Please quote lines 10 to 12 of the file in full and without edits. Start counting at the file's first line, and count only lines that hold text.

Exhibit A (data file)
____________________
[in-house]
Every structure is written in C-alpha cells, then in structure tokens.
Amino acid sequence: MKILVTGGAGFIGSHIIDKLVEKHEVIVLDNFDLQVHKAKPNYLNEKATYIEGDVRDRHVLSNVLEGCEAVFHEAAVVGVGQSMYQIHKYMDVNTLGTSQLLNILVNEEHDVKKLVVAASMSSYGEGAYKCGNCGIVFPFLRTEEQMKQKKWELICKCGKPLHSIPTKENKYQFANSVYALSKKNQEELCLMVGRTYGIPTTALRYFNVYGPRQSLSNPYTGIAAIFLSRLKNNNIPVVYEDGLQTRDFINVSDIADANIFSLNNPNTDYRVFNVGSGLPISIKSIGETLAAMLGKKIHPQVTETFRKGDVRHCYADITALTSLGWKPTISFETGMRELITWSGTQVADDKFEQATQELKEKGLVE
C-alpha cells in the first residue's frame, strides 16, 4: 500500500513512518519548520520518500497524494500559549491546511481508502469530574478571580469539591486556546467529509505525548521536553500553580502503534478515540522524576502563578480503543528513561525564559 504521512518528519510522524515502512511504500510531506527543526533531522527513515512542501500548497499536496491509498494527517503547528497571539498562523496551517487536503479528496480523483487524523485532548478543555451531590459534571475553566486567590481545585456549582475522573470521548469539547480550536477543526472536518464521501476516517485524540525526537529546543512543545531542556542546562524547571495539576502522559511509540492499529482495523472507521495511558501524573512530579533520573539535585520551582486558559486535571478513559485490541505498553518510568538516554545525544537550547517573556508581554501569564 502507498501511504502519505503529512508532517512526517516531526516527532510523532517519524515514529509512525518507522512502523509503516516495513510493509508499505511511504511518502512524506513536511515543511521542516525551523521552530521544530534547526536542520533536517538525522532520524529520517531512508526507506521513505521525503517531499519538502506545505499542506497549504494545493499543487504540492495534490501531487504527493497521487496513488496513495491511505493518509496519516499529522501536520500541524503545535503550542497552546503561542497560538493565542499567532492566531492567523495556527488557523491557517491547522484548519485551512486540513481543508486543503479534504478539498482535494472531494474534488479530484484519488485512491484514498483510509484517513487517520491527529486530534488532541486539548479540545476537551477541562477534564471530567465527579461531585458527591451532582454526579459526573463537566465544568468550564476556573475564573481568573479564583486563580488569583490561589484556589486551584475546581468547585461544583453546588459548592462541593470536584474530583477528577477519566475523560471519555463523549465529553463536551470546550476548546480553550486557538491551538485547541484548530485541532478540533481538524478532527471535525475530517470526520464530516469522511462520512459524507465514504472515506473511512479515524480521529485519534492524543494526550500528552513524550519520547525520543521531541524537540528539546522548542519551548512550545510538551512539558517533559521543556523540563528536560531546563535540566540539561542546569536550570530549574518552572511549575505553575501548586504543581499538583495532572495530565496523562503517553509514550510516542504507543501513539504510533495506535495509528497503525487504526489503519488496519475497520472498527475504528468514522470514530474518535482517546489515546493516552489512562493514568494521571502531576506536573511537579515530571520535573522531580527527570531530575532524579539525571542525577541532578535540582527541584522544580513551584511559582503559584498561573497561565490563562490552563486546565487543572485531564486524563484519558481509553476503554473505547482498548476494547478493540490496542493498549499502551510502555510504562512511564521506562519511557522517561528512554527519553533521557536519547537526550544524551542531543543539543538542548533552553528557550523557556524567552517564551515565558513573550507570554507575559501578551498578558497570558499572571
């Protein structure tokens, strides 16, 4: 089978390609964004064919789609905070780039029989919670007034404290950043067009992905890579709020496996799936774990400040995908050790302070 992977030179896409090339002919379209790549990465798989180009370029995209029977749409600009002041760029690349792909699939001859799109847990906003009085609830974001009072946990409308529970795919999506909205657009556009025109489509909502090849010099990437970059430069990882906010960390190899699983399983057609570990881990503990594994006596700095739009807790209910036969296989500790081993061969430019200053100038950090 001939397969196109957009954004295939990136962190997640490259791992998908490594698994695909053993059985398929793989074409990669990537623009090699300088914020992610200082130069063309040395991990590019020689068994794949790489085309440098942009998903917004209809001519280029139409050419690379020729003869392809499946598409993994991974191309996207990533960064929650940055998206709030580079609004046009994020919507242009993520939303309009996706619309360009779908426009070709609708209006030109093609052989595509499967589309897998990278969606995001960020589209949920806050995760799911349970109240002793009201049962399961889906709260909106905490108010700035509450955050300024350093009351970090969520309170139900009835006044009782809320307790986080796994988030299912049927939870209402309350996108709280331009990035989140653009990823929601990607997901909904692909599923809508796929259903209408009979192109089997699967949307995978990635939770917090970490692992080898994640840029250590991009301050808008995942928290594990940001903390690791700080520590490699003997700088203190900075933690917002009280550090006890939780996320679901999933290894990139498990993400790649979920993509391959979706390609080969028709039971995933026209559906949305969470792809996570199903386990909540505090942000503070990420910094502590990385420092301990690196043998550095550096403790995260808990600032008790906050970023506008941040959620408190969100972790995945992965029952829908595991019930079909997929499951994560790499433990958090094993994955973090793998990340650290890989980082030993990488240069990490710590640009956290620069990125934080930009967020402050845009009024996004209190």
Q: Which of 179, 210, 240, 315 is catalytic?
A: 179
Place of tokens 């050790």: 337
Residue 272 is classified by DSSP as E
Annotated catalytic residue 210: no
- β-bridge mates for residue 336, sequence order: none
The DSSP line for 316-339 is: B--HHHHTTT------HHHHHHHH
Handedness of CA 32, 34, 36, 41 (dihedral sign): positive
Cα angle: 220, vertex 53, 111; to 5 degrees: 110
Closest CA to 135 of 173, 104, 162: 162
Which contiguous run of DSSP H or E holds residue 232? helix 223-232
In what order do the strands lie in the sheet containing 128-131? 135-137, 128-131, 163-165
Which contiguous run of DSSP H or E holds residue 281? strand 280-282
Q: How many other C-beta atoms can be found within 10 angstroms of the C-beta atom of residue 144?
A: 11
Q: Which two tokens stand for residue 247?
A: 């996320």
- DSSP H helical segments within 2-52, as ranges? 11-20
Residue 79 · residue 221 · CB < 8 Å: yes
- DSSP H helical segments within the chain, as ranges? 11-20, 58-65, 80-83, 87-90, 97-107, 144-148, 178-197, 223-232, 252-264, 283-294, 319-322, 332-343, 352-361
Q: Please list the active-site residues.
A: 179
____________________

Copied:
Annotated catalytic residue 210: no
- β-bridge mates for residue 336, sequence order: none
The DSSP line for 316-339 is: B--HHHHTTT------HHHHHHHH